ATLANTA - Adam LaRoche’s hitless streak is over. And you have to wonder how much of that is due to Chipper Jones.
LaRoche snapped an 0-for-26 skid with a single to left in the second inning tonight. This comes just hours after LaRoche sat down and studied tape with his good buddy and former Braves star Chipper Jones.
The Nationals first baseman’s leadoff single started a two-run inning, as the Nats strung together four straight singles off Braves righty Julio Teheran and grabbed a 2-1 lead.
Ian Desmond, Chad Tracy and Kurt Suzuki followed LaRoche’s single with ones of their own, the latter two of which plated runs.
LaRoche shot a fairly well-struck line drive just short of the track in left in his next at-bat. He might be on his way to getting out of a lengthy early-season slump.
Tracy, meanwhile, is 2-for-2 to start tonight’s game. I guess this Nats lineup just needed a lot more Chad Tracy.
Stephen Strasburg yet again is struggling to throw first-pitch strikes and work ahead in the count. He’s allowed five hits and walked three through four innings.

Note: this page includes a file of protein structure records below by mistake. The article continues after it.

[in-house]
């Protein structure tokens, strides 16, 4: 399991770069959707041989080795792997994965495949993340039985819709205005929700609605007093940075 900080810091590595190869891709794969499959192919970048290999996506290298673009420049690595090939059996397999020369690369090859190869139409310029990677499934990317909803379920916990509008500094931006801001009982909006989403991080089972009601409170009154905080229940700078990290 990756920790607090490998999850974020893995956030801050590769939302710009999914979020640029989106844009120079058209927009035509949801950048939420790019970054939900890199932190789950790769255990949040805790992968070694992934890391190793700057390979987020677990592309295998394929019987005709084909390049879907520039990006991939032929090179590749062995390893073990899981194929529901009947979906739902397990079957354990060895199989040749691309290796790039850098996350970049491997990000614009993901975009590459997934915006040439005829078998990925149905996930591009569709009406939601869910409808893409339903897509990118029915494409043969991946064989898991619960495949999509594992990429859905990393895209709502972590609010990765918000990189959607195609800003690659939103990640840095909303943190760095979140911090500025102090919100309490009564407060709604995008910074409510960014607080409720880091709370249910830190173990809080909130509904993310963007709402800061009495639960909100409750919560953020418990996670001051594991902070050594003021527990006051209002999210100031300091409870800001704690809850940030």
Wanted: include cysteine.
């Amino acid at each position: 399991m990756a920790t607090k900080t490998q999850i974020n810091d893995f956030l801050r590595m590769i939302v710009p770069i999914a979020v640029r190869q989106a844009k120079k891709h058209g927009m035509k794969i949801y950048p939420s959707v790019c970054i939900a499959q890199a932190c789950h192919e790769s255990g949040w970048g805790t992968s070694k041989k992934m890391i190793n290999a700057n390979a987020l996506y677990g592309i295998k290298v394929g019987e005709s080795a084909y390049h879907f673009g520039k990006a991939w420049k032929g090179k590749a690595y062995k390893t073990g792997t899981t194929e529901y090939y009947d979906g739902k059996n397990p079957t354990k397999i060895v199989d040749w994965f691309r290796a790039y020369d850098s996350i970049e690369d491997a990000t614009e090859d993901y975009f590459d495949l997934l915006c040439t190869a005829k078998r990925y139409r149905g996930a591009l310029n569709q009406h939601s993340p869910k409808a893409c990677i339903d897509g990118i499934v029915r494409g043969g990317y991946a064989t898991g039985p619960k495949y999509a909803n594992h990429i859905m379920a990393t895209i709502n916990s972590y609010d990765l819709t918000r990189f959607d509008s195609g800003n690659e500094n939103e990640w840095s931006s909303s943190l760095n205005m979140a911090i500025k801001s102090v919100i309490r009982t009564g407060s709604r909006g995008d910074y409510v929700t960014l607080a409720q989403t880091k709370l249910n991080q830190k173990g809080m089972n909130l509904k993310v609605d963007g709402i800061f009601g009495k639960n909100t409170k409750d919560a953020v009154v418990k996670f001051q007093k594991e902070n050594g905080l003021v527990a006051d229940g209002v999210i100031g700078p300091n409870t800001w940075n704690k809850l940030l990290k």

Strasburg continues to get crushed by Dan Uggla, who is 2-for-2 tonight and now is 11-for-22 in his career against the Nats’ ace.
Meanwhile, despite the fact that the Nats have notched nine hits off Teheran through four innings and the Braves have gotten eight baserunners of their own, it’s just a 2-2 game going to the fifth.
Why’s that? Well, a large factor is that both teams have had two runners thrown out on the bases.
Denard Span was picked off first base in the first inning (on a close play), Freddie Freeman was called out (on a close play) after diving back into first base following a first inning single, Chad Tracy was picked off second base when Stephen Strasburg failed to get a bunt down in the second and Uggla was gunned out at third base to end the fourth.
Not great baserunning tonight, but an entertaining game.
Update: Strasburg is all over the place today, but he’s somehow managed to allow just two runs through five innings.
The right-hander has now walked four, and 36 of his 80 pitches have been out of the zone. He’s allowed the leadoff hitter in each inning to reach base and has pitched out of the windup to just five hitters all game. Those five times were leading off each inning.
Strasburg has benefited from some sound defense and a few lucky breaks. He’s also been able to dial it up and get a big out when he’s needed it, like in the fifth when he pumped a 96 mph fastball by Justin Upton for strike three with two runners on.
But this is not the Stephen Strasburg Nats fans are used to seeing. His ERA this season is still a pretty impressive 3.22, but he’s allowing loads of baserunners and needing lots of deep counts to retire hitters.